Filling a Kahler route on a vintage Gibson Flying V

Back in the 1980s, guitarists were cutting holes into their instruments for double-locking bridge systems like their Aqua Net was cutting holes into the Ozone layer. A popular choice among them was the Kahler Vibrato System: a stationary-mounted bridge with a cam-operated vibrato arm that allows for all the squeals and dive bombs a Spandex clad stadium showboat could ever ask for. It also requires a pretty large cavity to be routed into the top of the guitar to make room for the springs and other moving parts of the bridge. As the popularity of these vibrato systems began to fizzle out, many of our poor guitars were left with the scars of a debaucherous past. This isn’t the first one of these we’ve had to fix. This isn’t even the first one of these that I’ve written a blog about filling a Kahler route. In fact, this isn’t even the first one of these in this color I’ve written a blog post about! But this time it’s a cool vintage Gibson Flying V, so it deserves some airtime.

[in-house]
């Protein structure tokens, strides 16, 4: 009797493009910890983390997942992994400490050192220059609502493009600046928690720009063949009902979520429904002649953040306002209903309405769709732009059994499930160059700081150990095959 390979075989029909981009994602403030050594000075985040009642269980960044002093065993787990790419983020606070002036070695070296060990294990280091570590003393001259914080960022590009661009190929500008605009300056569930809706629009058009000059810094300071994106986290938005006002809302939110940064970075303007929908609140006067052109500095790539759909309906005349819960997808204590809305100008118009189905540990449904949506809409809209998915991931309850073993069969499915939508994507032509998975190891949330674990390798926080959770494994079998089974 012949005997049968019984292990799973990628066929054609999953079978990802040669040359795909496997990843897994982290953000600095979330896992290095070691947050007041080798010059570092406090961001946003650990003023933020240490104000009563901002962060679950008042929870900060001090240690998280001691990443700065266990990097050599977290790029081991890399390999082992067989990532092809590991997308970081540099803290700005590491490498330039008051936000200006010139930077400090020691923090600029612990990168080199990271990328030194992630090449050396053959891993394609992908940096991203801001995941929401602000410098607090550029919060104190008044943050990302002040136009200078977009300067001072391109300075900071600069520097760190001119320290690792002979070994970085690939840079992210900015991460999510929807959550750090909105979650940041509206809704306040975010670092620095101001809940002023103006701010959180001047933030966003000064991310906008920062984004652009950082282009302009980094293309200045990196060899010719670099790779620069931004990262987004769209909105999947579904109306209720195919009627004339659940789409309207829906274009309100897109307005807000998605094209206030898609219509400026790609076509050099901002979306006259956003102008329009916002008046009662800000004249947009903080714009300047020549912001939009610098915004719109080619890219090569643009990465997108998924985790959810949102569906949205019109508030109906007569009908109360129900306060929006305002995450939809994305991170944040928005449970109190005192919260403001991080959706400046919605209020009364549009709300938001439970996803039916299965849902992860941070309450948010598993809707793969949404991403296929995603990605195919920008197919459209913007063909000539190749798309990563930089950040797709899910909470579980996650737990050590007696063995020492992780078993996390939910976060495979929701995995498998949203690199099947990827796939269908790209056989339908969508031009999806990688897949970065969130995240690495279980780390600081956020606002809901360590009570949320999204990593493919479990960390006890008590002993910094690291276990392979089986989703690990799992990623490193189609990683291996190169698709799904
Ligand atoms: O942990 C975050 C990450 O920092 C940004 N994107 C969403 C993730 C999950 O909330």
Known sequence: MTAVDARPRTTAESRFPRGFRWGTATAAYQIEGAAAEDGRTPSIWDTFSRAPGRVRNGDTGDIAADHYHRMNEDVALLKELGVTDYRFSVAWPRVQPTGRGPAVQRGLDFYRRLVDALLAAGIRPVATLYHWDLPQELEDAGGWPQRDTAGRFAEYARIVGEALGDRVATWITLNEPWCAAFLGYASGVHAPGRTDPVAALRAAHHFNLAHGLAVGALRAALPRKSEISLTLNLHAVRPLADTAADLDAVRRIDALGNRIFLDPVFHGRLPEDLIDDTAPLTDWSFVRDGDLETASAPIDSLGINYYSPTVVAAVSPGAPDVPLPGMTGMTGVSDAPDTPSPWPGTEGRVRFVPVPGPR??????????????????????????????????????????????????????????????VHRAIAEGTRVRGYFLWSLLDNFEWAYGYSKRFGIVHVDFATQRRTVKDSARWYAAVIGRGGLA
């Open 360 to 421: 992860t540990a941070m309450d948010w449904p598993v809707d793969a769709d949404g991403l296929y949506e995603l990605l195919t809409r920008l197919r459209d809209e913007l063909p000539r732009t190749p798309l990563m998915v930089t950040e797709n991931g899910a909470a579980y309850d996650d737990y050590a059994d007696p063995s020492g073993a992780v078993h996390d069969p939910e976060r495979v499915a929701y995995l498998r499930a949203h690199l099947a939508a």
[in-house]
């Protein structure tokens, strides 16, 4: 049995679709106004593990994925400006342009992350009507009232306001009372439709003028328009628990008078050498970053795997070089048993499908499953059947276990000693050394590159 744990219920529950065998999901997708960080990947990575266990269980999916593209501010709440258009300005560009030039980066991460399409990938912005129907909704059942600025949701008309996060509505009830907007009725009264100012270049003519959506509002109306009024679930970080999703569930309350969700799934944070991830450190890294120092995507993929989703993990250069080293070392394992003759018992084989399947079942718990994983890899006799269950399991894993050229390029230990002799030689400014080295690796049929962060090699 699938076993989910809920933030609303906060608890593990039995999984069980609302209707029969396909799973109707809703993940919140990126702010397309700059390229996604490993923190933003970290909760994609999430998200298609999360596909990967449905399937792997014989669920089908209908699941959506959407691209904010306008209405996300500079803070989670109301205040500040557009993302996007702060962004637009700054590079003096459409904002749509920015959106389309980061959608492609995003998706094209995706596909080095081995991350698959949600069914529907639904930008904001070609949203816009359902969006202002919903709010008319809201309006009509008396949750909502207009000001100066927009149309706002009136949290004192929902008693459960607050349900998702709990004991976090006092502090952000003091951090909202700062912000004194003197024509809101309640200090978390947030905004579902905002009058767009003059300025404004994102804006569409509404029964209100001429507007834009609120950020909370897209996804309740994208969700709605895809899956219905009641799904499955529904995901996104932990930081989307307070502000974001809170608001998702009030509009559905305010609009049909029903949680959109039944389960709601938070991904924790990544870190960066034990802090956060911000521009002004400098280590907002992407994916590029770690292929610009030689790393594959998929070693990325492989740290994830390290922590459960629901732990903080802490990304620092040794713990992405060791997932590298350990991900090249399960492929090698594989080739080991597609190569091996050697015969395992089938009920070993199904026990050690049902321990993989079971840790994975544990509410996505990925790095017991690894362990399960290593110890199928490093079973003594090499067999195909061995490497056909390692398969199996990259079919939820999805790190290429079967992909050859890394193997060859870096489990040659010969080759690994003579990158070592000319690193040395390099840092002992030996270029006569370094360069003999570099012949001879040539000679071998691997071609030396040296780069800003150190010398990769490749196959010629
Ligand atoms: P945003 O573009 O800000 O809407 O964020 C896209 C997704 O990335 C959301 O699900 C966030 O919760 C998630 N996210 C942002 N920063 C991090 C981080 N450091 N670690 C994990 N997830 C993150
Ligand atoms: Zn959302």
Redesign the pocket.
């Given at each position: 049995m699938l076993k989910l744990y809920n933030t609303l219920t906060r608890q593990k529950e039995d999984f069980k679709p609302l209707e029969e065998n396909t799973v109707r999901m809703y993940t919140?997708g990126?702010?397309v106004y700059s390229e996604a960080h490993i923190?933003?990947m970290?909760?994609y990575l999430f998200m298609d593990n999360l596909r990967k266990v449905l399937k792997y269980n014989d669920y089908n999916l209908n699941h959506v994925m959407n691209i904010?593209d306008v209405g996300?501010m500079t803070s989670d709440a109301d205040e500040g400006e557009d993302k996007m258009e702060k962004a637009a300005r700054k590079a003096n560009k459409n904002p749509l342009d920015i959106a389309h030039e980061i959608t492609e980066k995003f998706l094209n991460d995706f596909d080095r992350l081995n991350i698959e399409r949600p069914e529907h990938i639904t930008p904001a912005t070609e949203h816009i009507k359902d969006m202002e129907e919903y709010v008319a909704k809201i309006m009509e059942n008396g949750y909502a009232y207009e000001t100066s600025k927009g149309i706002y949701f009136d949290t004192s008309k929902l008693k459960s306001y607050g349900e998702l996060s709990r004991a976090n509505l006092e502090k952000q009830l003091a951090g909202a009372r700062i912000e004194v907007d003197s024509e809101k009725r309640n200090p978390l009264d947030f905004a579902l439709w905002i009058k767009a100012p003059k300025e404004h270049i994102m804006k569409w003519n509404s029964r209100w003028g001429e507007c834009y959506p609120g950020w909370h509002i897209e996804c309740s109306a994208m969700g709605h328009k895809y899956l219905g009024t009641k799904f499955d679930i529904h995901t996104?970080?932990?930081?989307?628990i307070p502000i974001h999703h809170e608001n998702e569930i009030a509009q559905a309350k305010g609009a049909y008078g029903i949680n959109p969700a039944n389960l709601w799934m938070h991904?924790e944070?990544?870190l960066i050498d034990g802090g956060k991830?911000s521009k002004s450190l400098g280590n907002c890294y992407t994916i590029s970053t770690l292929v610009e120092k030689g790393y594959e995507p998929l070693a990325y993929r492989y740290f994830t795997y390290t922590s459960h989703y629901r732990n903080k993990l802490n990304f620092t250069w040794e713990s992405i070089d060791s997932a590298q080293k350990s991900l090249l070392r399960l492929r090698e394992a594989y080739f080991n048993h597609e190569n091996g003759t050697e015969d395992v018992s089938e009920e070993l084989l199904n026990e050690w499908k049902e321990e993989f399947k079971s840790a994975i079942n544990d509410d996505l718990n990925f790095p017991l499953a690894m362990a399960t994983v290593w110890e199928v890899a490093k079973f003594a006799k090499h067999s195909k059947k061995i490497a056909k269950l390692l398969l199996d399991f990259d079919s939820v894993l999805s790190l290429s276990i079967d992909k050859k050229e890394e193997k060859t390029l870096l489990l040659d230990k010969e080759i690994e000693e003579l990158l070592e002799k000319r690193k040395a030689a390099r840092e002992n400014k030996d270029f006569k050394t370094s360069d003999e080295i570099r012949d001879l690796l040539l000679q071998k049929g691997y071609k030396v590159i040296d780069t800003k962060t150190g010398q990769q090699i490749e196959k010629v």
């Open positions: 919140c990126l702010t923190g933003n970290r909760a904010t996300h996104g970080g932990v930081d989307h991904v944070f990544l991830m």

When our client brought this guitar in it still had the old Kahler bridge in it, which he asked us to replace with a standard Tune-O-Matic bridge.

I removed all of the hardware from the body of the guitar and setup a router template I custom made specifically for this task.

Once the cavity was cleaned up by the router I made a matching wood block to fill the entire void.

After leveling out the block I took it into the spray booth and mixed up some lacquer and pigments to match the patina of the original finish. It’s a little tricky when the existing paint is blotchy like this but I think I got it pretty close.

This Kahler route is now filled! Here it is all polished up, put back together and ready for it’s new life!

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